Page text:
June 28, 2022

Promotion of IPCC Experts from The UWI

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Five UWI Scientists among experts contributing to upcoming UN climate change report

The UWI Regional Headquarters, Jamaica. Friday, February 11, 2022—On February 28, 2022, the United Nations body for assessing the science of climate change, the Intergovernmental Panel on Climate Change (IPCC), is expected to release its latest global report addressing Impacts, Adaptation, and Vulnerability related to climate change.  Five scientists from The University of the West Indies (The UWI) are among the leading authors and review experts contributing to the chapters that comprise this critical international scientific report which comes on the heels of COP 26 held in Glasgow in 2021.

The IPCC pools the top climate scientists around the globe to assess the state of the scientific literature on all aspects of climate change, its impacts, and society’s options for responding to it. Out of a total of 1037 nominated experts, only 263 authors were selected to contribute to the report. 

According to the IPCC, “this upcoming Sixth Assessment Report of Working Group II (AR6-WG2) assesses the impacts and risks of climate change, looking at ecosystems, biodiversity, and human communities at global and regional levels. Compared to the previous Working Group’s assessments, AR6-WG2 will include new information on different types of risks under various warming levels.” 

The output of Working Group II will be made public on February 28 when the report is expected to be launched following the approval session with governments from around the world.

Chapter teams for IPCC Reports comprise Coordinating Lead Authors, Lead Authors, and Review Editors. Professor Michelle Mycoo, an urban and regional planner and Professor in the Department of Geomatics Engineering and Land Management at The UWI St Augustine, is a Coordinating Lead Author on Chapter 15 of the upcoming report. Chapter 15 focuses on the impacts, adaptation, and vulnerability of small islands. In addition to Professor Mycoo, other UWI Scientists, Dr Donovan Campbell, Senior Lecturer and Head of the Department of Geography and Geology at The UWI Mona Campus, served as a Lead Author of Chapter 15, and Dr Aidan Farrell, Senior Lecturer in Plant Physiology in the Department of Life Sciences at the St Augustine Campus, served as Lead Author for Chapter 5, which addresses the impacts and risks of food, fibre, and other ecosystem products.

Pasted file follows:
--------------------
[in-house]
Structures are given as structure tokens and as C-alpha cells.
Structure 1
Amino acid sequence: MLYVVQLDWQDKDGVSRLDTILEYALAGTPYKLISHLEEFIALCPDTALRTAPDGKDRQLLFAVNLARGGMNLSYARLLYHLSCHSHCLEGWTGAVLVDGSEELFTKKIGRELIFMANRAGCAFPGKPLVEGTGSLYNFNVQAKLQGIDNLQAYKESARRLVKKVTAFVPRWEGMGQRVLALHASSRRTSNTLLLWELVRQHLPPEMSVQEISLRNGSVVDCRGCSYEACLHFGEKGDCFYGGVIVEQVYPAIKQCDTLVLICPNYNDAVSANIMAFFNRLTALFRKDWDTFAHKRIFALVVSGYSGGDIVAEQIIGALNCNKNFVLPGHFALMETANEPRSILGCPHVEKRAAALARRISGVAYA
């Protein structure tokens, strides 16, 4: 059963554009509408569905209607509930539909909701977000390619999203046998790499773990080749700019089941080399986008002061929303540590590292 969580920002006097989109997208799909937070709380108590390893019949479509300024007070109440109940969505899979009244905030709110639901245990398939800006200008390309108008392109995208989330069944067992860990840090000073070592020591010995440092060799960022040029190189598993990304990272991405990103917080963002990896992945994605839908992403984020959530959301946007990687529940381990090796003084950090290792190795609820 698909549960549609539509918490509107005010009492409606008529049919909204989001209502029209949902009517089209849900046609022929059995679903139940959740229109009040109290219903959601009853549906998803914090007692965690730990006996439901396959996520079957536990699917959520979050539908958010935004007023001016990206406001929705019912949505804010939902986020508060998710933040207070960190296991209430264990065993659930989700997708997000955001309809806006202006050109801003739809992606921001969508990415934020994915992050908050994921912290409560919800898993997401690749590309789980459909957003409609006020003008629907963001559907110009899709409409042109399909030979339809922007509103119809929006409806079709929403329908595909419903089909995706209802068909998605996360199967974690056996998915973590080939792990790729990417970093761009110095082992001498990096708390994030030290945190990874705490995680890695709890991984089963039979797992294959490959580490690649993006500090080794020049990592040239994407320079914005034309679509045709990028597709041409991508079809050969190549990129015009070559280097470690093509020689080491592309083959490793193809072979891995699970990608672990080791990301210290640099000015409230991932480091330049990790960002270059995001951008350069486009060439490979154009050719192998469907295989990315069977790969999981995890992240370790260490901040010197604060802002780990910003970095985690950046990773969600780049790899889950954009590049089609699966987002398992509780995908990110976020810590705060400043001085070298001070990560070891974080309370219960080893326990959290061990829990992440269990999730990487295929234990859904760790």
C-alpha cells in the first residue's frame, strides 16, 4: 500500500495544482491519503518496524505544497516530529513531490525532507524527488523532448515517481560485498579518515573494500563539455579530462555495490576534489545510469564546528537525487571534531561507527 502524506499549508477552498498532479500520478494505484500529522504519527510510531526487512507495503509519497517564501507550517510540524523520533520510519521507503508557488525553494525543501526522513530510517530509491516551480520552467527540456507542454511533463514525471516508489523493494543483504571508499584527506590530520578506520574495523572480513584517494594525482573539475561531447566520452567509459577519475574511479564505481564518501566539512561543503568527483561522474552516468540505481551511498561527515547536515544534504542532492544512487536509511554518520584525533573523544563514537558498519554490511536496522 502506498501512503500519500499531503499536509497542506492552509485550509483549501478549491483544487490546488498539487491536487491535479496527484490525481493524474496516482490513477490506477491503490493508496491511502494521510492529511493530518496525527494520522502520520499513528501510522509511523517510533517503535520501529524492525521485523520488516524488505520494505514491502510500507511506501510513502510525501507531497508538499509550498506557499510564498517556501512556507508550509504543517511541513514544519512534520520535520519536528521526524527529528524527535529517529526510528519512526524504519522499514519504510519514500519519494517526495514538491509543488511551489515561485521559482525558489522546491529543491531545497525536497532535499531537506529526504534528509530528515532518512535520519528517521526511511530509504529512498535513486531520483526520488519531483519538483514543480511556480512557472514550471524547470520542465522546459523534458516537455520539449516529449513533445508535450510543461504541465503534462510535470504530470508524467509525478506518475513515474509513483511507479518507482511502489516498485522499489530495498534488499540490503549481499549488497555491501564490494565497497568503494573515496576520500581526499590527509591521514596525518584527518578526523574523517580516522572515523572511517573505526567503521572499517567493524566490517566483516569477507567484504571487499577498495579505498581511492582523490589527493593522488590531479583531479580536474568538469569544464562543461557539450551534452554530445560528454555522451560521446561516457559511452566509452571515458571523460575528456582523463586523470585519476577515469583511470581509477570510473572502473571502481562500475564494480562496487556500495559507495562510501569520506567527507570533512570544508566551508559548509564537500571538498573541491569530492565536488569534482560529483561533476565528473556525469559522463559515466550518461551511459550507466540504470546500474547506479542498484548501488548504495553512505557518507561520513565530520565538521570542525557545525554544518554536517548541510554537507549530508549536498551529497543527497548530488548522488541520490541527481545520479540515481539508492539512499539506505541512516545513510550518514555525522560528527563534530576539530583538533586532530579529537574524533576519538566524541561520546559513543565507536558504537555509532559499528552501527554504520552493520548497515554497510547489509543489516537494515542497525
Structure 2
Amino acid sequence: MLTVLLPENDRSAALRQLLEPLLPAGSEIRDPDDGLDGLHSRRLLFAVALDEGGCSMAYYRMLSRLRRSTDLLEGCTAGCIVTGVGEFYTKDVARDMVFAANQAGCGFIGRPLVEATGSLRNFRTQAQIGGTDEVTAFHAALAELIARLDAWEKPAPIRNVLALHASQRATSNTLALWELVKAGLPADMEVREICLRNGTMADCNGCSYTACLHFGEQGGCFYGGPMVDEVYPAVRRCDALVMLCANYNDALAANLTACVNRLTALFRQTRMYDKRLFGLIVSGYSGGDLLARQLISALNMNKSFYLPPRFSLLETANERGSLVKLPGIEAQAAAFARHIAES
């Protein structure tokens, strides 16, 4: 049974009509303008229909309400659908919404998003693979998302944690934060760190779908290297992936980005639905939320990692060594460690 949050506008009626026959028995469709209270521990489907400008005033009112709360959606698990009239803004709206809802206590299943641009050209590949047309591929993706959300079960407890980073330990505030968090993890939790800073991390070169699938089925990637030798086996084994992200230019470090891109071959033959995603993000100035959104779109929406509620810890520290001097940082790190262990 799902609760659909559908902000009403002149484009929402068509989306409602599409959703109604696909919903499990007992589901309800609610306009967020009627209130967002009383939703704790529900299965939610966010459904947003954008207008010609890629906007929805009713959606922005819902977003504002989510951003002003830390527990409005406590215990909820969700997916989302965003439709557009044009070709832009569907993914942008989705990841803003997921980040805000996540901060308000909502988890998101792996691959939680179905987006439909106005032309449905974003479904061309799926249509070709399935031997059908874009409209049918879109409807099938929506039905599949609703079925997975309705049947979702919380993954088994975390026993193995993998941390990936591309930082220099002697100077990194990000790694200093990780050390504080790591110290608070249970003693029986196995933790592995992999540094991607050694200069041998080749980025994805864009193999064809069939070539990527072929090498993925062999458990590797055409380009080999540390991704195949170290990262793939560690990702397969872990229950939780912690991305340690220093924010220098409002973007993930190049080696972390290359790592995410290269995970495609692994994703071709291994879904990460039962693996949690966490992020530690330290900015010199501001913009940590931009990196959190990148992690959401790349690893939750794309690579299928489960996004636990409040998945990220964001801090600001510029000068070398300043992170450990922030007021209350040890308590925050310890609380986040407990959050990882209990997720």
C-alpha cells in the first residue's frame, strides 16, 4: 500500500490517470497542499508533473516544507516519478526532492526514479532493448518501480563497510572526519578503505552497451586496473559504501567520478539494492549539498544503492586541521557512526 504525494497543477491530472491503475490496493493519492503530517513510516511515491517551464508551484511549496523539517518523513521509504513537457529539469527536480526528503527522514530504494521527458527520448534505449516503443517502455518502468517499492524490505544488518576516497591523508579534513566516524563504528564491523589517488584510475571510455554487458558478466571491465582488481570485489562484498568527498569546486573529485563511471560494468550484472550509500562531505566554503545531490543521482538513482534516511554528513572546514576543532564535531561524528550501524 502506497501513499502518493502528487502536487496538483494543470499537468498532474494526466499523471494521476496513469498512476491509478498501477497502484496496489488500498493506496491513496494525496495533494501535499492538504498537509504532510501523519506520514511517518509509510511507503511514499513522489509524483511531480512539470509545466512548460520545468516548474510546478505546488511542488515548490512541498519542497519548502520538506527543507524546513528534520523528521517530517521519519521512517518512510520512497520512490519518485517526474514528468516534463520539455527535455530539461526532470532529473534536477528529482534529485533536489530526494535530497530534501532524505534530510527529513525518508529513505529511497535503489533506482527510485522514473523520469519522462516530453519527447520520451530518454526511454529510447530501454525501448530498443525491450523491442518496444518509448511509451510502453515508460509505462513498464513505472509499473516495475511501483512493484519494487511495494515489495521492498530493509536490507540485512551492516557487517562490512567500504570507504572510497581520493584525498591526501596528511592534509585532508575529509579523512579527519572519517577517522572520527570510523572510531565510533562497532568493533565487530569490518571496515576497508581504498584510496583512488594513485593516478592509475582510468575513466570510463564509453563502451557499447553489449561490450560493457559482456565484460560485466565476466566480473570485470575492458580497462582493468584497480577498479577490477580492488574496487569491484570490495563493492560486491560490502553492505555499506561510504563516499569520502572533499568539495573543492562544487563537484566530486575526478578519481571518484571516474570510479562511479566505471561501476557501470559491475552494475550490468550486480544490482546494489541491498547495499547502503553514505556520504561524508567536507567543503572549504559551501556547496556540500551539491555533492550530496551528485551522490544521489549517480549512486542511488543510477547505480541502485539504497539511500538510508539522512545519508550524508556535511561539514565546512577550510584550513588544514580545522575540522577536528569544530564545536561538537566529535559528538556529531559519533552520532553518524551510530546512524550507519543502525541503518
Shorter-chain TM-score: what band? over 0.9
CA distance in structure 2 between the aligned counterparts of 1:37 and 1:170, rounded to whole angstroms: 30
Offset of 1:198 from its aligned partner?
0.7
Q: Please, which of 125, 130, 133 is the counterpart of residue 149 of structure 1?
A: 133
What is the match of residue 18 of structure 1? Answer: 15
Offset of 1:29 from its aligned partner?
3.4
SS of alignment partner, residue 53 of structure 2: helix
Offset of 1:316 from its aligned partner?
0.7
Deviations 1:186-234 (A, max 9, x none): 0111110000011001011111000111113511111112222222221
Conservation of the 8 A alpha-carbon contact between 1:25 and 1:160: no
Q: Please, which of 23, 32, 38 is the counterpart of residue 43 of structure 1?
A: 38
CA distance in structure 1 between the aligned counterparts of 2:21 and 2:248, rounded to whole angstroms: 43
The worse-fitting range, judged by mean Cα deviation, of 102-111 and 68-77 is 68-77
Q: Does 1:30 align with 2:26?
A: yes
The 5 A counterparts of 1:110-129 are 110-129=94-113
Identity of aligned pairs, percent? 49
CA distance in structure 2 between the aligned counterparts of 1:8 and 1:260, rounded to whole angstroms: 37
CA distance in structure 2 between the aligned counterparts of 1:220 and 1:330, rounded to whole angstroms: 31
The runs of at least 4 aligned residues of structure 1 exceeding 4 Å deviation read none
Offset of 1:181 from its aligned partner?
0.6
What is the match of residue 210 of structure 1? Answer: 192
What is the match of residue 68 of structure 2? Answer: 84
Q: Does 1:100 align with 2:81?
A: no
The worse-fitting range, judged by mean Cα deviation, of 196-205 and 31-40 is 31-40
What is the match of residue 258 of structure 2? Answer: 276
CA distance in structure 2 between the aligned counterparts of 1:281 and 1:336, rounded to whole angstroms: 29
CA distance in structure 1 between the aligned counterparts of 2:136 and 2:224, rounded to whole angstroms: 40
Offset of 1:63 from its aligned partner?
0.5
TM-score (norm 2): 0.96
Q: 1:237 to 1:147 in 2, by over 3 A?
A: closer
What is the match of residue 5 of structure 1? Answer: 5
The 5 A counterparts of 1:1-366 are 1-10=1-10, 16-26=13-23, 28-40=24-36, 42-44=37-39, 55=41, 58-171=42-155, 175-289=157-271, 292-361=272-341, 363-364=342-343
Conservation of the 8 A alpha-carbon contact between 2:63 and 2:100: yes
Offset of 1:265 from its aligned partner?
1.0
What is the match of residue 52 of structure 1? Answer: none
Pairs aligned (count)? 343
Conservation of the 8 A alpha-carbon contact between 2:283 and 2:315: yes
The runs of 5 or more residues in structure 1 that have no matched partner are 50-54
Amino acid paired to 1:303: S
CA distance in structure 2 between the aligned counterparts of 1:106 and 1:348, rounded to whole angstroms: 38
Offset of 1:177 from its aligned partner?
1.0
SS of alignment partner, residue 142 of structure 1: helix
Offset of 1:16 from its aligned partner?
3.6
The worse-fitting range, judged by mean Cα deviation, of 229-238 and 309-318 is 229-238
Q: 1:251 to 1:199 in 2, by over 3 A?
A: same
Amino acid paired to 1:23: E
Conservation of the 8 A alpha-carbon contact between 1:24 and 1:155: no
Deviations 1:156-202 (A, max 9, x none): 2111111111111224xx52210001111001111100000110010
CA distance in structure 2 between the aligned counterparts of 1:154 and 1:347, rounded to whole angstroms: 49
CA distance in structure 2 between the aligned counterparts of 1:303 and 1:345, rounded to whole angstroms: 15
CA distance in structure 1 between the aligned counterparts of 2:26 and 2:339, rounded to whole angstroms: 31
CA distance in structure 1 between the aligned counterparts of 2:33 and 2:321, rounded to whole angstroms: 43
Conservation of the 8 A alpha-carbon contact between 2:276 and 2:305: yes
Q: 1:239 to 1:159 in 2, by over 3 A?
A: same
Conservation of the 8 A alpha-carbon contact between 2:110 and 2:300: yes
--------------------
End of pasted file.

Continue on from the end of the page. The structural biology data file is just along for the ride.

Dr Michael Sutherland, Head of the Department of Geomatics Engineering and Land Management in the Faculty of Engineering at the St Augustine Campus served as a Review Editor to Chapter 1, which covers the point of departure and key concepts of the Report. Also from the St Augustine Campus, Professor John Agard, Executive Director of the Global Institute for Climate-Smart and Resilient Development, and Professor in the Department of Life Sciences, who currently co-chairs the UN’s 2023 Global Sustainable Development Report, added his expertise as a Review Editor for Chapter 15.

“Universities play a unique role in helping increase the scientific understanding of the changing climate and its impacts. Providing the best scientific research to tackle this challenge has long been a priority for The UWI,” said Professor Mycoo. “The UWI has prioritised climate action on its strategic agenda and its scientists and climate experts are highly sought after globally.” 

The small islands of the Caribbean region face some of the most severe impacts of climate change. These include rising sea levels, increasingly intense precipitation, drought, a higher frequency of more intense storms and hurricanes, and destructive flooding. 

AR6-WG2 Chapter 15 covers small island states spanning the Caribbean, the Indian, and Pacific Oceans. The peoples of these parts of the world have been impacted by devastating tropical cyclones which affect their livelihoods, health, and well-being. Fragile ecosystems such as coral reefs have suffered damage due to ocean warming and acidification. The impacts on fisheries and tourism account for a significant decline in economic revenue. Low-lying coastal settlements, including Caribbean cities, major infrastructure, and economic assets are exposed and at risk of flooding. In small island developing states, people are already taking action to cope with climate change.  

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